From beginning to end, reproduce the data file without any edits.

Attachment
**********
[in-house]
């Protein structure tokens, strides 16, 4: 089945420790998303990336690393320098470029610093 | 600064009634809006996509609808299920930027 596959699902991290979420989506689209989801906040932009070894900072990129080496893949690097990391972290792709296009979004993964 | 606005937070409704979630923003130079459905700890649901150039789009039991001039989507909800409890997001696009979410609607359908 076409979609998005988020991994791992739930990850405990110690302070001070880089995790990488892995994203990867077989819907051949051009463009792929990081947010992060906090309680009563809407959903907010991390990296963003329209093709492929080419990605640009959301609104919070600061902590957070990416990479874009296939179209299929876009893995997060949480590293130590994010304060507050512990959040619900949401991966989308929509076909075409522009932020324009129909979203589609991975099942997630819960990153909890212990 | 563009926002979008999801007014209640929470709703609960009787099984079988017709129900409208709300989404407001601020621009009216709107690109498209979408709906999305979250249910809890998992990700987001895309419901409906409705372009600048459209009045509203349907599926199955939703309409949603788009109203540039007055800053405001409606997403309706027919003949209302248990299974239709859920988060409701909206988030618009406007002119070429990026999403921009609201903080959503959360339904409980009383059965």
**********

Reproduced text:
[in-house]
């Protein structure tokens, strides 16, 4: 089945420790998303990336690393320098470029610093 | 600064009634809006996509609808299920930027 596959699902991290979420989506689209989801906040932009070894900072990129080496893949690097990391972290792709296009979004993964 | 606005937070409704979630923003130079459905700890649901150039789009039991001039989507909800409890997001696009979410609607359908 076409979609998005988020991994791992739930990850405990110690302070001070880089995790990488892995994203990867077989819907051949051009463009792929990081947010992060906090309680009563809407959903907010991390990296963003329209093709492929080419990605640009959301609104919070600061902590957070990416990479874009296939179209299929876009893995997060949480590293130590994010304060507050512990959040619900949401991966989308929509076909075409522009932020324009129909979203589609991975099942997630819960990153909890212990 | 563009926002979008999801007014209640929470709703609960009787099984079988017709129900409208709300989404407001601020621009009216709107690109498209979408709906999305979250249910809890998992990700987001895309419901409906409705372009600048459209009045509203349907599926199955939703309409949603788009109203540039007055800053405001409606997403309706027919003949209302248990299974239709859920988060409701909206988030618009406007002119070429990026999403921009609201903080959503959360339904409980009383059965």